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Emergency Ambulance Service, Inc. v. Burnett

Court of Appeals of Arkansas, Division III

May 6, 2015



Worley, Wood & Parrish, P.A., by: Melissa Wood, for appellant.

C. Michael White, for appellee.



Page 370


Emergency Ambulance Service, Inc., and AIG Claims, Inc., appeal the Arkansas Workers' Compensation Commission's (Commission) September 15, 2014 opinion finding that appellee Carla Burnett was entitled to additional medical treatment but finding her claims for permanent total-disability benefits and wage loss and appellant's entitlement to credit for overpayment of temporary total-disability benefits premature and not ripe for determination.[1] Appellants contend that

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substantial evidence does not support the Commission's decision to award additional treatment and that the Commission erred when it reserved issues on behalf of appellee. We affirm.

At the hearing before the ALJ, appellee testified that she was a sixty-year-old high school graduate. After high school, she attended two years of college studying physical education, and completed a two-year vo-tech program in one year, obtaining a certificate in computerized accounting. Appellee then worked in a CPA's office performing computer work until her husband asked her to stop working. She then went to EMT school in 1997 and obtained a certificate to work as an emergency medical technician (EMT). She began working as an EMT in 1997-98 at DeWitt Hospital. Appellee had been working for Emergency Ambulance Services, Inc., for almost sixteen years which, on August 6, 2011, when she suffered a compensable low-back injury while unloading a patient by stretcher from an ambulance.

Appellee testified that she had prior back problems as early as 1992. She explained that her symptoms after the August 6, 2011 incident were different than the ones she had before the incident. She said that the incident caused shaking, trembling, and the inability to lift. She testified that her prior back problems had never prevented her from working. She had a back injury in April 2002 and was treated by Dr. Barry Baskin but was not ever off work due to that injury. After the injury in August 2011, she could no longer mow the yard. She explained that it initially affected one side of her body--the outside of the right side of her leg--but that it now affects both sides of her leg. She testified that she cannot lift or squat; requires help getting dressed and getting in and out of the shower at times; can no longer get in the bathtub; is limited on how long she can stand to cook; can lift a gallon of milk or an iron skillet at the most; and is able to go grocery shopping but cannot carry the groceries. She said that her husband helps with these issues. Appellee testified that she currently had problems in her legs, low back, and bottoms of her feet. She explained that she had no problems in those areas prior to the August 6, 2011 injury. She said that she had previously undergone a nerve-conduction test, but could not recall the date.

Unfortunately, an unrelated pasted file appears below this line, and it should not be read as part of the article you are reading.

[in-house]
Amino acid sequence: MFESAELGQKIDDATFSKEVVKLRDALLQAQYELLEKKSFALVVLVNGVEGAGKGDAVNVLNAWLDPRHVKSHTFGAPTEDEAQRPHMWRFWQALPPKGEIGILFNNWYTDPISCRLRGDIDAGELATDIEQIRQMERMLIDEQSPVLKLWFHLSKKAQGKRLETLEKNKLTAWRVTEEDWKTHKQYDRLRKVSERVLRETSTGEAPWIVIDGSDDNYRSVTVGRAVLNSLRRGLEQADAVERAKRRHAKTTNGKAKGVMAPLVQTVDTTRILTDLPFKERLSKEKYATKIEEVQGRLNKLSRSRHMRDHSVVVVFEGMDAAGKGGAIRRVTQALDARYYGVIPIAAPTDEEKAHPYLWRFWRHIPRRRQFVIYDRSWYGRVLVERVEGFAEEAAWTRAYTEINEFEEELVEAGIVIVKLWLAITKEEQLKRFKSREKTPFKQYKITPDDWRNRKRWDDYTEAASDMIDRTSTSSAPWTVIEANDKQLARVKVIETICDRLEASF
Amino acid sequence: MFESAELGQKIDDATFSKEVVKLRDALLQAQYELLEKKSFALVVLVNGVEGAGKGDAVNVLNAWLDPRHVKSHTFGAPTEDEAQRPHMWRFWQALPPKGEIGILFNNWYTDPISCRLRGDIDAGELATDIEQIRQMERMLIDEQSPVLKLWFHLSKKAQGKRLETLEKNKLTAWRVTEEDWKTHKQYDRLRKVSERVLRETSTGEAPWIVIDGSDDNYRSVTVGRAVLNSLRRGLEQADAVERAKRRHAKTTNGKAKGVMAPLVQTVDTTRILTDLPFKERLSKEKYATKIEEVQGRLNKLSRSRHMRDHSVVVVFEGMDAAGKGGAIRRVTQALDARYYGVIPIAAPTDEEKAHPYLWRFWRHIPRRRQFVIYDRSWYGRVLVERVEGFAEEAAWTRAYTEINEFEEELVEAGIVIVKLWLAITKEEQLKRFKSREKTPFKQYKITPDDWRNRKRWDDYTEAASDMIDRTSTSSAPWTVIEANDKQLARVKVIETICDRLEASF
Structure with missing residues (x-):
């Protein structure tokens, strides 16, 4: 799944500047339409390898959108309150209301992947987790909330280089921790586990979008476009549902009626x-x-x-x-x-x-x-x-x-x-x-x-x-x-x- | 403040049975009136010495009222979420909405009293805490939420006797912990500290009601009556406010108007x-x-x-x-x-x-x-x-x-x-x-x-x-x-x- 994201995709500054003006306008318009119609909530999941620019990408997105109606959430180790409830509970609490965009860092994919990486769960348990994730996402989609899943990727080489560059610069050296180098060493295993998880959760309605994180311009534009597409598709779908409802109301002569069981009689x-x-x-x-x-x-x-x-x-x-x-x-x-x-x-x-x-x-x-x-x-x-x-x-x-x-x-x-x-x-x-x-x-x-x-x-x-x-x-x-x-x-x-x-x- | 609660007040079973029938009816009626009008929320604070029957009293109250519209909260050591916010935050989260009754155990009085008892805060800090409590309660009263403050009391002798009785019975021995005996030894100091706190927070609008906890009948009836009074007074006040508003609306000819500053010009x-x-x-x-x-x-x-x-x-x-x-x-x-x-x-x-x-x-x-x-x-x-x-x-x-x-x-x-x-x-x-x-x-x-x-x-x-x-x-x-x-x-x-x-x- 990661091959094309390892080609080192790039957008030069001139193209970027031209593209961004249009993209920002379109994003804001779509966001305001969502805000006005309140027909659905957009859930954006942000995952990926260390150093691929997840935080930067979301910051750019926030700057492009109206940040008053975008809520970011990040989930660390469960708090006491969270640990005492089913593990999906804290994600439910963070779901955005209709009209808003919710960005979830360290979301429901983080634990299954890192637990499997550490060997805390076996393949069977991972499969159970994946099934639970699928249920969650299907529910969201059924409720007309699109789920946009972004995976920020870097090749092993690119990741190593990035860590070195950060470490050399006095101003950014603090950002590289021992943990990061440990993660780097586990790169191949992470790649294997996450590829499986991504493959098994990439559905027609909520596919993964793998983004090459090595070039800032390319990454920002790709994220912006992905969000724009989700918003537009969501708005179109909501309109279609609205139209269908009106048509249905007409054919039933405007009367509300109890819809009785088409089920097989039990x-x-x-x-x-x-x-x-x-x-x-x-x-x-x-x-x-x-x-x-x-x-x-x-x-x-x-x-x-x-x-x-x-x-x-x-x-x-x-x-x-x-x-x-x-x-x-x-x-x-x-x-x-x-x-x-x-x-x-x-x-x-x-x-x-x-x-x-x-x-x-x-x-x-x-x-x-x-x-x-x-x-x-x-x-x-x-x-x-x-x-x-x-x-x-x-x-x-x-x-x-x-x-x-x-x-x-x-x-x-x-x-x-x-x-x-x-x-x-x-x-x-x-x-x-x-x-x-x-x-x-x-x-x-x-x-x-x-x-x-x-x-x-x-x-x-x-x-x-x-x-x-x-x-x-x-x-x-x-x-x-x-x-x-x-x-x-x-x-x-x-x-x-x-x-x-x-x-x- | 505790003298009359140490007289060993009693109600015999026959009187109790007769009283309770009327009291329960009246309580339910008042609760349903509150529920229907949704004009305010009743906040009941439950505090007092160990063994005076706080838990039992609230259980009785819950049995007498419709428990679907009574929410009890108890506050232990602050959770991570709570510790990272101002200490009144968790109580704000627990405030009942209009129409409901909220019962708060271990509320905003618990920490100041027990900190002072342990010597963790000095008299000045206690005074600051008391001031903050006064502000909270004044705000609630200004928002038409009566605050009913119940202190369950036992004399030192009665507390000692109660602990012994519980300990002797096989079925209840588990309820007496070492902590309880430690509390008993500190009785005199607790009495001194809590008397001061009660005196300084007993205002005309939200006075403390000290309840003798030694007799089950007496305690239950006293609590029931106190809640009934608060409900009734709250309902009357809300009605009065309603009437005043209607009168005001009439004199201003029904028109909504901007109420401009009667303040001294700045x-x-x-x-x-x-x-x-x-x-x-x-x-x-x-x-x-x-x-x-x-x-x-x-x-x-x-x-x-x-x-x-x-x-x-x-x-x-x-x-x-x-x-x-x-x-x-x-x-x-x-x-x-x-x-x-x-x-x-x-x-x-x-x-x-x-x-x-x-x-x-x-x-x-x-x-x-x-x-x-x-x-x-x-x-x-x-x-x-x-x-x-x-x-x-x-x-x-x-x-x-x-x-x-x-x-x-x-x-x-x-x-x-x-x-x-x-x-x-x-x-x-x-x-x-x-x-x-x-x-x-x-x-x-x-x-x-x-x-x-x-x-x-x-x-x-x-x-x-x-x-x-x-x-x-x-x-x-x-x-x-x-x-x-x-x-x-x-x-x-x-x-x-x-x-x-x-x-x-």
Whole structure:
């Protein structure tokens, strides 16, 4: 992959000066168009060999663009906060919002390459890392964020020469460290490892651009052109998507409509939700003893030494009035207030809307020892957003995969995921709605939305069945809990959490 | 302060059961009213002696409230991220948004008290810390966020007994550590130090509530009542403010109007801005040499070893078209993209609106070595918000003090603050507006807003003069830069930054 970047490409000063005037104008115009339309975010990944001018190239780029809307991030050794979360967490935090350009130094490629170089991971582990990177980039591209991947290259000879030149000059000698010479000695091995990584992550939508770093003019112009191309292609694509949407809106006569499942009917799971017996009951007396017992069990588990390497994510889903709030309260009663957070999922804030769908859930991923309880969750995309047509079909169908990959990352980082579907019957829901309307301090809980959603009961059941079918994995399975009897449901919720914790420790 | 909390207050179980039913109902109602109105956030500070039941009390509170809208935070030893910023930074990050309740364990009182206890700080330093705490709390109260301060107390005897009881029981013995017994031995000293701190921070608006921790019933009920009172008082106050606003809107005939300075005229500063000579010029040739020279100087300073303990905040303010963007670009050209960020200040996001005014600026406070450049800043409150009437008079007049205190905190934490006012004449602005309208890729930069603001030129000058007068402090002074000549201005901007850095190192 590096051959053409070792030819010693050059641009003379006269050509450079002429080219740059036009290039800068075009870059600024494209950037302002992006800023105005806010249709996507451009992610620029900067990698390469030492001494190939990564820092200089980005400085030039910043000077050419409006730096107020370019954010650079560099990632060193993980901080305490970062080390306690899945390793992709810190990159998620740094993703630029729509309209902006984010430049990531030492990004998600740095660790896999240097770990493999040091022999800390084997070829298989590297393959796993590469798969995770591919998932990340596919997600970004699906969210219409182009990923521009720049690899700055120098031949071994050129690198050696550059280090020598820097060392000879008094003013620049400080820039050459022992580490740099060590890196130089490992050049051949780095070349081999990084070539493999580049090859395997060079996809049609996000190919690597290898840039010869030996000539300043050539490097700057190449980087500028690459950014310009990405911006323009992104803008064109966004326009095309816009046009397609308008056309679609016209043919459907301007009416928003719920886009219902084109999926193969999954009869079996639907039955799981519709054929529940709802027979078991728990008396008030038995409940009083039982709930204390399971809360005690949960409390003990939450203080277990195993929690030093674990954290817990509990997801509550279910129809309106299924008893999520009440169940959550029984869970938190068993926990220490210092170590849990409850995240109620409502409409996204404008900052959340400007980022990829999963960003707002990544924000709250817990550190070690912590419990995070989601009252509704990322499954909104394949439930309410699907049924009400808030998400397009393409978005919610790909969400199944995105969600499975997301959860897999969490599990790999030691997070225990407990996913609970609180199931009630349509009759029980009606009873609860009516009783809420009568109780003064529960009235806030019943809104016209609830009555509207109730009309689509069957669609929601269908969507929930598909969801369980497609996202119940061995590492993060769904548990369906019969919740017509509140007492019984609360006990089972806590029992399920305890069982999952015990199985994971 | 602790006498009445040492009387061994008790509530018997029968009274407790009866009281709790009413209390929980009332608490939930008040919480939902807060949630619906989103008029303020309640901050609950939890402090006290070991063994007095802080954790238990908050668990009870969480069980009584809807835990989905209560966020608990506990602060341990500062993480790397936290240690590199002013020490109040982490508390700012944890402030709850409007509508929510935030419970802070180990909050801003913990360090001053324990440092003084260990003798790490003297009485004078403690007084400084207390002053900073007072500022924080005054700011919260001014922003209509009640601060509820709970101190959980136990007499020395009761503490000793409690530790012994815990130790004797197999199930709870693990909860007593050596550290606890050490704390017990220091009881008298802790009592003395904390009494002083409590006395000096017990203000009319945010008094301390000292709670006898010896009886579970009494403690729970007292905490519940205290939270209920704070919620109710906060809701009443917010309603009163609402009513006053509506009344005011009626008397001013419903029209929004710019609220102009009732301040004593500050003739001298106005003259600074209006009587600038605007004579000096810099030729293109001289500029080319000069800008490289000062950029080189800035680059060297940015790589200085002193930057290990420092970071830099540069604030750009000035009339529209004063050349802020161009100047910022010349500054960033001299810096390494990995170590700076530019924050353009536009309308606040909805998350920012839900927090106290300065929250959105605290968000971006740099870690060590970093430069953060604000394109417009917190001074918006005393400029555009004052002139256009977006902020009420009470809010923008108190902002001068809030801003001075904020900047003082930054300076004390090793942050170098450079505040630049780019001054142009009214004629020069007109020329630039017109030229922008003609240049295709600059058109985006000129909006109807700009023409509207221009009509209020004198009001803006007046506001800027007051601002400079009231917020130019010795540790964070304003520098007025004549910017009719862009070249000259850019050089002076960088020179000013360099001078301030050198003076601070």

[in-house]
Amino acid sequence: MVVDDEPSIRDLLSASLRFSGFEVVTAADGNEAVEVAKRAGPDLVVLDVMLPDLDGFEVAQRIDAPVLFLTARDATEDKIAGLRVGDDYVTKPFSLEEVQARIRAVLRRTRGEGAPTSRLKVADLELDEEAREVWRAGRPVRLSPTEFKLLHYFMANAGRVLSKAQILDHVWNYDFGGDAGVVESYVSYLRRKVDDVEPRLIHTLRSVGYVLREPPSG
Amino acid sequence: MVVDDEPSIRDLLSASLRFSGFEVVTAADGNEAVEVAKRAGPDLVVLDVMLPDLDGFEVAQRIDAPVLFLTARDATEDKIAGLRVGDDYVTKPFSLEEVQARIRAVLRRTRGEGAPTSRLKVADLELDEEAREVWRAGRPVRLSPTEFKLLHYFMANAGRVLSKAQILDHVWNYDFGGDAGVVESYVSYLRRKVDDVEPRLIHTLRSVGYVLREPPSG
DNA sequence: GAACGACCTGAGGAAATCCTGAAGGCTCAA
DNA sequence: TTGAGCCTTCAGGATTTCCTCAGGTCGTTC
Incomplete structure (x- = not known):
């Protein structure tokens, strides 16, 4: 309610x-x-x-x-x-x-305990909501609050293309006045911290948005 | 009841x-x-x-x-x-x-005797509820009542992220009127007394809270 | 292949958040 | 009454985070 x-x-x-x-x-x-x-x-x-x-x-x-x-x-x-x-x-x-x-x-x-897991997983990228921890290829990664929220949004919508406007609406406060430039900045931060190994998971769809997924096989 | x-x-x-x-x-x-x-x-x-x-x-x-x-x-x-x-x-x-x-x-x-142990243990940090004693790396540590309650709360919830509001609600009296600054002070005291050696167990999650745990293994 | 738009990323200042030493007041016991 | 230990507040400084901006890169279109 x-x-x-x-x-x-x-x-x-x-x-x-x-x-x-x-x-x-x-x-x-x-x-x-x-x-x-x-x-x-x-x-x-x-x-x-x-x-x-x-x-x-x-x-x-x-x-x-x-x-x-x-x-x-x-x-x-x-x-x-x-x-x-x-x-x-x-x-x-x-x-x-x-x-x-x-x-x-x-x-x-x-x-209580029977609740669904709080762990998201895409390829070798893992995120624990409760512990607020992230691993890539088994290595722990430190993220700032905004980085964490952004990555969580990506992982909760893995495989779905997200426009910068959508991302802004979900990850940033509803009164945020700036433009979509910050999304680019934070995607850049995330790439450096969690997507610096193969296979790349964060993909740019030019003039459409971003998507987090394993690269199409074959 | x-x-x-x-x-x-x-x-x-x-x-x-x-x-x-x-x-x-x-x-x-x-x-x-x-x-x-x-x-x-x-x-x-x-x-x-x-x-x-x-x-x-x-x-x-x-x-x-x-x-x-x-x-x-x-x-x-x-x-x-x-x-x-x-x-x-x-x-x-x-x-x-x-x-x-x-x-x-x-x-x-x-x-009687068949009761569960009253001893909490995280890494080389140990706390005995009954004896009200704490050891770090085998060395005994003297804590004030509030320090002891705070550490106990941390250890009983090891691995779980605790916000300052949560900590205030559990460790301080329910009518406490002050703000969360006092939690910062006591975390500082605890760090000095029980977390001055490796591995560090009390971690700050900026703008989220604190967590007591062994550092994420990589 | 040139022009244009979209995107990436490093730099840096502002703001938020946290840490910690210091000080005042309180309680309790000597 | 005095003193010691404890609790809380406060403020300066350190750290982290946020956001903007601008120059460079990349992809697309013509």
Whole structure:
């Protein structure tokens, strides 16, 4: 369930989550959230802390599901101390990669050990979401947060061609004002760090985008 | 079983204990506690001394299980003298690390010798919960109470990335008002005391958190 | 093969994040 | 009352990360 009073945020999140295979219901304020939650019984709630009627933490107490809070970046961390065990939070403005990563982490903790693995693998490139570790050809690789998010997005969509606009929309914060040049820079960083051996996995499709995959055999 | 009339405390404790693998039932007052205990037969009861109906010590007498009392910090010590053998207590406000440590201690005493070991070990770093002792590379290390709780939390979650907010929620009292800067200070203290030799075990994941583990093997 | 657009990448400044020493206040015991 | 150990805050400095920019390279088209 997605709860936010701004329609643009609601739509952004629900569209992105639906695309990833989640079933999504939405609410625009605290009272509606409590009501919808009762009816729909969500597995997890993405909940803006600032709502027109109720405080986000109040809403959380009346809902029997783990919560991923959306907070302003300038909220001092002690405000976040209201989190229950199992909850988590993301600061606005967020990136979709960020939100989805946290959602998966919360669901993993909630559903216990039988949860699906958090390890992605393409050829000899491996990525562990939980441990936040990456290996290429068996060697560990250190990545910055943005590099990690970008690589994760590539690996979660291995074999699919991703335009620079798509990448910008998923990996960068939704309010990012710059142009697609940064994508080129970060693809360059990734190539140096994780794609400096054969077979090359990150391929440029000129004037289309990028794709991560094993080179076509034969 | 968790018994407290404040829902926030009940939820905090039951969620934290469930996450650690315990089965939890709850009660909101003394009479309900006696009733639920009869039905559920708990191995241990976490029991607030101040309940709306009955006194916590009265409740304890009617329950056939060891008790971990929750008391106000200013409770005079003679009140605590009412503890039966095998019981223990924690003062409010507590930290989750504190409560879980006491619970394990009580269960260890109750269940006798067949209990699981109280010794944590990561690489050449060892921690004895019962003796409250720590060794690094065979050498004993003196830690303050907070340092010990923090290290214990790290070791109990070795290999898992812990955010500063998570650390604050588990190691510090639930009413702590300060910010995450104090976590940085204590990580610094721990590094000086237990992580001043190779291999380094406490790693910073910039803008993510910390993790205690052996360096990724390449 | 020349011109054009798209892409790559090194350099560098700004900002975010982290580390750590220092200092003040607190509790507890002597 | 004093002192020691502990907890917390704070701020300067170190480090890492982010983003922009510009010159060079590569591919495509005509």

Appellee said that she had not worked since August 6, 2011. She testified that she was only able to sit comfortably for approximately thirty minutes, she could stand for five-to-ten minutes, and she was no longer able to garden or play with her grandchildren. She described a good day as going outside to swing in the yard. She claims that on a bad day she could not get up at all because she had no feeling in her legs.

She testified that she could not work at a cleaners because she could not stand for extended periods of time. She testified that she could not work at the desk job for a CPA because she was not able to sit for extended periods of time. She could not work as an EMT because she could not lift, push, or pull. She was able to drive but was unable to ride in a car for an extended period of time.

On cross-examination, appellee testified that she had let her EMT certificates lapse, but not her CPR certification. She said that she was also injured in April 2002

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when lifting a pregnant woman who weighed over 400 pounds. She explained that she injured her low back and was initially seen by a company doctor, who ordered an MRI and referred her to Dr. Reza Shahim and Dr. Baskin. Dr. Baskin ordered a TENS unit and prescribed muscle relaxers and pain pills. She had muscle spasms and numbness in her right leg. She testified that she had recovered one hundred percent and had no continuing symptoms or complaints from that injury. Appellee testified that she began drawing social security disability benefits of $980 per month due to her back problems and depression in October 2013.

The parties stipulated that Randy Burnett's testimony would be that he was appellee's spouse and had known her well several years before August 6, 2011. He had the opportunity to observe her during that period of time and did not see her demonstrate any limitations related to physical problems at that time. Since August 6, 2011, he had seen her demonstrate the limitations consistent with her testimony.

Medical records reflect that appellee sought treatment with Dr. Stan Burleson with complaints of persistent back pain after twisting on October 19, 1992. He noted that she had a pop and was experiencing muscle spasms. He also noted that she had been seen by a chiropractor that morning and had undergone x-rays. She returned to Dr. Burleson ...

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